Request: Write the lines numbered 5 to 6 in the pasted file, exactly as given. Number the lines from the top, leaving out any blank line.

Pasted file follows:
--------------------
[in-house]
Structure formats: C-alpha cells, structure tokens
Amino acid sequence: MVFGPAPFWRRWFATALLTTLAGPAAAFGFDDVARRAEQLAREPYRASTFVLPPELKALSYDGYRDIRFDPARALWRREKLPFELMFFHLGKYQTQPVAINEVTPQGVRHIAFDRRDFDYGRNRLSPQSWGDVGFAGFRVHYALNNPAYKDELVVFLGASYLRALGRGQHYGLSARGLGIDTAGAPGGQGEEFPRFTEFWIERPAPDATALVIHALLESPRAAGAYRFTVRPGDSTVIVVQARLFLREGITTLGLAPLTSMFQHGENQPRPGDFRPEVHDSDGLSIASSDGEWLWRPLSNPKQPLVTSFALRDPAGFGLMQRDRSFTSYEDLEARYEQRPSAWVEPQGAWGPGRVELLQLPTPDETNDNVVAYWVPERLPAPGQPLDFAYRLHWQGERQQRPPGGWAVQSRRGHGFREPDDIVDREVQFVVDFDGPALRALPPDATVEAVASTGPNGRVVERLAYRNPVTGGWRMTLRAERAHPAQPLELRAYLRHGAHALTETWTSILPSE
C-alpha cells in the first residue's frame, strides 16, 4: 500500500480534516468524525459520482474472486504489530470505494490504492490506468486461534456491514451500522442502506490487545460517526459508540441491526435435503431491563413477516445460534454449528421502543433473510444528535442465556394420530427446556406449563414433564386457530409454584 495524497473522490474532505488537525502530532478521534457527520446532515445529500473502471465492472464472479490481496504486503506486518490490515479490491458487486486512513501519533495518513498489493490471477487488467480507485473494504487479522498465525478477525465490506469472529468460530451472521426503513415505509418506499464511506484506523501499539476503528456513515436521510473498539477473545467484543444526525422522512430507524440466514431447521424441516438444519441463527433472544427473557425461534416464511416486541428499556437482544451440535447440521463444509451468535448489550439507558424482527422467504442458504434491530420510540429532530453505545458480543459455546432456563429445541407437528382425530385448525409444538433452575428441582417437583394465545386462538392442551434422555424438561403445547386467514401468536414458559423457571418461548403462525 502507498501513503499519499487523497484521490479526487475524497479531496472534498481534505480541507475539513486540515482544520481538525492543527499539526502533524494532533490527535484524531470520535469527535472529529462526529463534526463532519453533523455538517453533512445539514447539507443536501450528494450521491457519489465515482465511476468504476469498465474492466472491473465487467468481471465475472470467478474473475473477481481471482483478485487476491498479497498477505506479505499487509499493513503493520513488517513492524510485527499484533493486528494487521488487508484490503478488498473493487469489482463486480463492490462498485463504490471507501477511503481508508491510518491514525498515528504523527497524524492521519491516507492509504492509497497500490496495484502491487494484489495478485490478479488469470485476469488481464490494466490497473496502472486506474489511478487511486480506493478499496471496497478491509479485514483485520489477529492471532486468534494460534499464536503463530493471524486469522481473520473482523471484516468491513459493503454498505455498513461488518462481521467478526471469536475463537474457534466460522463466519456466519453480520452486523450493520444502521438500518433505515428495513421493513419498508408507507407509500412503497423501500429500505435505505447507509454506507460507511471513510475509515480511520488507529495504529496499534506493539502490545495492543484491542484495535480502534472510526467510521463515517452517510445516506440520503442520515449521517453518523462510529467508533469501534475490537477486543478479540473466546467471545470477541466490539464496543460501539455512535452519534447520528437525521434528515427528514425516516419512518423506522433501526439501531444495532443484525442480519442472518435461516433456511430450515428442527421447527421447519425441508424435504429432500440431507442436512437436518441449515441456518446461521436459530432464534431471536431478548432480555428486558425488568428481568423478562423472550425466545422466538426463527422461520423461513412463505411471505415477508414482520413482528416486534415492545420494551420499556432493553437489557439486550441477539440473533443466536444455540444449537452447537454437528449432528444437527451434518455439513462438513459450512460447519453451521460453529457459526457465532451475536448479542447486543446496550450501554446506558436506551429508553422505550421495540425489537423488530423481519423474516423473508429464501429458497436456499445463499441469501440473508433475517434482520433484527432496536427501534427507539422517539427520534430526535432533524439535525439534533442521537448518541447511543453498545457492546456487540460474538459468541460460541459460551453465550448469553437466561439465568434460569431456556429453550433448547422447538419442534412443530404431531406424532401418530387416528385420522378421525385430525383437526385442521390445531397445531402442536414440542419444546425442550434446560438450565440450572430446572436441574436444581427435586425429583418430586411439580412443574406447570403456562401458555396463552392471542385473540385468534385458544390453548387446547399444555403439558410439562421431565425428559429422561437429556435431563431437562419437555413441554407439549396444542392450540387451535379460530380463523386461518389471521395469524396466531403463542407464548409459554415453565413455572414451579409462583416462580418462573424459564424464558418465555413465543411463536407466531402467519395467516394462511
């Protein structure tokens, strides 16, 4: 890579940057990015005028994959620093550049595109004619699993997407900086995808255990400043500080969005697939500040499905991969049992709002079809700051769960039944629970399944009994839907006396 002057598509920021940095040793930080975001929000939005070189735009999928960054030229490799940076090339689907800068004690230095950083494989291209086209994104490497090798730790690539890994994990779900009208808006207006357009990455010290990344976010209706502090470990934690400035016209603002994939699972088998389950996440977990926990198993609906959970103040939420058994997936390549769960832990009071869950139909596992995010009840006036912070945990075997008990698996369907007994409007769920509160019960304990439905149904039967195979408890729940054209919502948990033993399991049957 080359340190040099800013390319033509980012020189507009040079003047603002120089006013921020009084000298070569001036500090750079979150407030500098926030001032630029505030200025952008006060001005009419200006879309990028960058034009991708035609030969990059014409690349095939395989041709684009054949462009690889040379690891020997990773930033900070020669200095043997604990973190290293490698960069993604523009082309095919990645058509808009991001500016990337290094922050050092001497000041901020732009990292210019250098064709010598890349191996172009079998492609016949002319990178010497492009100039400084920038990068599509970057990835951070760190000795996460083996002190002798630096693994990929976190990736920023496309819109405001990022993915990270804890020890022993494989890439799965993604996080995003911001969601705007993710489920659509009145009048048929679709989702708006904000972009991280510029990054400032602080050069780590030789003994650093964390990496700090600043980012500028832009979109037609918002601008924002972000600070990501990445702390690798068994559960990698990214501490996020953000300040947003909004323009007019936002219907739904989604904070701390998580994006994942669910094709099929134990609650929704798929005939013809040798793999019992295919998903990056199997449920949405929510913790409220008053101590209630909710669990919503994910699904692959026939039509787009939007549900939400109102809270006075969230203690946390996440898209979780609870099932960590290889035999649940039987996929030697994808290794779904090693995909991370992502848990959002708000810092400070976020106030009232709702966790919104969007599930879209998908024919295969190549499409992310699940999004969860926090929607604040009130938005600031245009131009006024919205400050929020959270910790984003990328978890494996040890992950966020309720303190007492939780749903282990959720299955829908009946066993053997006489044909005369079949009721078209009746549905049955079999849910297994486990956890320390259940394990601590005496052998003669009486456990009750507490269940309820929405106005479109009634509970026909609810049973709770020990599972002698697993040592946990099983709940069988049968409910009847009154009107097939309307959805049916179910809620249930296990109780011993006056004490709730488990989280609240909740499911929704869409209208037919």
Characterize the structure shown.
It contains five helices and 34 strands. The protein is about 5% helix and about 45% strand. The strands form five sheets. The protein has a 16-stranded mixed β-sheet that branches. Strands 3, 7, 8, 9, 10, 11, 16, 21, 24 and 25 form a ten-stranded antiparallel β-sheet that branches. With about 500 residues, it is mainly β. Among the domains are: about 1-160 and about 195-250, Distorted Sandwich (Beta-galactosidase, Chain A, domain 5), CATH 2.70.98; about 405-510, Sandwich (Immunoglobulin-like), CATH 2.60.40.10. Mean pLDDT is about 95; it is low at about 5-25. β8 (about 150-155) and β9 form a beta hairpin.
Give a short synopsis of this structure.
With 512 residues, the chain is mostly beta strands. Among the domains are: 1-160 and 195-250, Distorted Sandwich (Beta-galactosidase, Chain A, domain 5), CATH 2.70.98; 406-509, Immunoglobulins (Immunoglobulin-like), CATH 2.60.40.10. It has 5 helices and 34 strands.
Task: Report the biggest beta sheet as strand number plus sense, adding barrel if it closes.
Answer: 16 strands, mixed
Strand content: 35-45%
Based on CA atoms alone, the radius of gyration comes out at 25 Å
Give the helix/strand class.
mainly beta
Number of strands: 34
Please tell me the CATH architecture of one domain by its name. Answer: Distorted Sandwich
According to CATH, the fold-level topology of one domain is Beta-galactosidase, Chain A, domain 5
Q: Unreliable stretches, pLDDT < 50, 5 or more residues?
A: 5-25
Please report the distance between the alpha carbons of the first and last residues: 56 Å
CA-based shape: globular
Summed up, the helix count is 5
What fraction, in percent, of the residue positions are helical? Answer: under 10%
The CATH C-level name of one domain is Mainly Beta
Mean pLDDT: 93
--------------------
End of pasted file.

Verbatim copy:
């Protein structure tokens, strides 16, 4: 890579940057990015005028994959620093550049595109004619699993997407900086995808255990400043500080969005697939500040499905991969049992709002079809700051769960039944629970399944009994839907006396 002057598509920021940095040793930080975001929000939005070189735009999928960054030229490799940076090339689907800068004690230095950083494989291209086209994104490497090798730790690539890994994990779900009208808006207006357009990455010290990344976010209706502090470990934690400035016209603002994939699972088998389950996440977990926990198993609906959970103040939420058994997936390549769960832990009071869950139909596992995010009840006036912070945990075997008990698996369907007994409007769920509160019960304990439905149904039967195979408890729940054209919502948990033993399991049957 080359340190040099800013390319033509980012020189507009040079003047603002120089006013921020009084000298070569001036500090750079979150407030500098926030001032630029505030200025952008006060001005009419200006879309990028960058034009991708035609030969990059014409690349095939395989041709684009054949462009690889040379690891020997990773930033900070020669200095043997604990973190290293490698960069993604523009082309095919990645058509808009991001500016990337290094922050050092001497000041901020732009990292210019250098064709010598890349191996172009079998492609016949002319990178010497492009100039400084920038990068599509970057990835951070760190000795996460083996002190002798630096693994990929976190990736920023496309819109405001990022993915990270804890020890022993494989890439799965993604996080995003911001969601705007993710489920659509009145009048048929679709989702708006904000972009991280510029990054400032602080050069780590030789003994650093964390990496700090600043980012500028832009979109037609918002601008924002972000600070990501990445702390690798068994559960990698990214501490996020953000300040947003909004323009007019936002219907739904989604904070701390998580994006994942669910094709099929134990609650929704798929005939013809040798793999019992295919998903990056199997449920949405929510913790409220008053101590209630909710669990919503994910699904692959026939039509787009939007549900939400109102809270006075969230203690946390996440898209979780609870099932960590290889035999649940039987996929030697994808290794779904090693995909991370992502848990959002708000810092400070976020106030009232709702966790919104969007599930879209998908024919295969190549499409992310699940999004969860926090929607604040009130938005600031245009131009006024919205400050929020959270910790984003990328978890494996040890992950966020309720303190007492939780749903282990959720299955829908009946066993053997006489044909005369079949009721078209009746549905049955079999849910297994486990956890320390259940394990601590005496052998003669009486456990009750507490269940309820929405106005479109009634509970026909609810049973709770020990599972002698697993040592946990099983709940069988049968409910009847009154009107097939309307959805049916179910809620249930296990109780011993006056004490709730488990989280609240909740499911929704869409209208037919």
Characterize the structure shown.